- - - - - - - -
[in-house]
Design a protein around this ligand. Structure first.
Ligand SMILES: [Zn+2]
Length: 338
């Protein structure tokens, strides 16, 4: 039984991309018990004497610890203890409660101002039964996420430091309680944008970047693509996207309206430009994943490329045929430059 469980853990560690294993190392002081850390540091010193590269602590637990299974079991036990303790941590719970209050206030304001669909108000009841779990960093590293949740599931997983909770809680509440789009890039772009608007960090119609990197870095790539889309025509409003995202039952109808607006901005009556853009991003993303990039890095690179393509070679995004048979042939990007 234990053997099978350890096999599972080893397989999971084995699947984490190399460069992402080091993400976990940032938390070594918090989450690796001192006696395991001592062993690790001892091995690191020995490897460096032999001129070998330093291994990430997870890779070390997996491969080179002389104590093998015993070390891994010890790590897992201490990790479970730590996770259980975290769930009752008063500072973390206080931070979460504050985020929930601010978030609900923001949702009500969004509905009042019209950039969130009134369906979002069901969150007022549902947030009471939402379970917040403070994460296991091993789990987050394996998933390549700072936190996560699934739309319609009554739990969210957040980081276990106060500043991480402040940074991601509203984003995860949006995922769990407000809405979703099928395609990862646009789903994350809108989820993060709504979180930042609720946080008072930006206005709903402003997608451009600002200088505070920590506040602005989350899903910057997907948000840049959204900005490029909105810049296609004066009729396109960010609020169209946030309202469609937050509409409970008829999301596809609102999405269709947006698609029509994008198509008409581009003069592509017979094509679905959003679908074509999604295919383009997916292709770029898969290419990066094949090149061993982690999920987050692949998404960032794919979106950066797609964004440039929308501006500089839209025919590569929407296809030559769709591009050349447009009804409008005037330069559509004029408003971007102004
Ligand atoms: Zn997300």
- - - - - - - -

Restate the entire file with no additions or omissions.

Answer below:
[in-house]
Design a protein around this ligand. Structure first.
Ligand SMILES: [Zn+2]
Length: 338
């Protein structure tokens, strides 16, 4: 039984991309018990004497610890203890409660101002039964996420430091309680944008970047693509996207309206430009994943490329045929430059 469980853990560690294993190392002081850390540091010193590269602590637990299974079991036990303790941590719970209050206030304001669909108000009841779990960093590293949740599931997983909770809680509440789009890039772009608007960090119609990197870095790539889309025509409003995202039952109808607006901005009556853009991003993303990039890095690179393509070679995004048979042939990007 234990053997099978350890096999599972080893397989999971084995699947984490190399460069992402080091993400976990940032938390070594918090989450690796001192006696395991001592062993690790001892091995690191020995490897460096032999001129070998330093291994990430997870890779070390997996491969080179002389104590093998015993070390891994010890790590897992201490990790479970730590996770259980975290769930009752008063500072973390206080931070979460504050985020929930601010978030609900923001949702009500969004509905009042019209950039969130009134369906979002069901969150007022549902947030009471939402379970917040403070994460296991091993789990987050394996998933390549700072936190996560699934739309319609009554739990969210957040980081276990106060500043991480402040940074991601509203984003995860949006995922769990407000809405979703099928395609990862646009789903994350809108989820993060709504979180930042609720946080008072930006206005709903402003997608451009600002200088505070920590506040602005989350899903910057997907948000840049959204900005490029909105810049296609004066009729396109960010609020169209946030309202469609937050509409409970008829999301596809609102999405269709947006698609029509994008198509008409581009003069592509017979094509679905959003679908074509999604295919383009997916292709770029898969290419990066094949090149061993982690999920987050692949998404960032794919979106950066797609964004440039929308501006500089839209025919590569929407296809030559769709591009050349447009009804409008005037330069559509004029408003971007102004
Ligand atoms: Zn997300």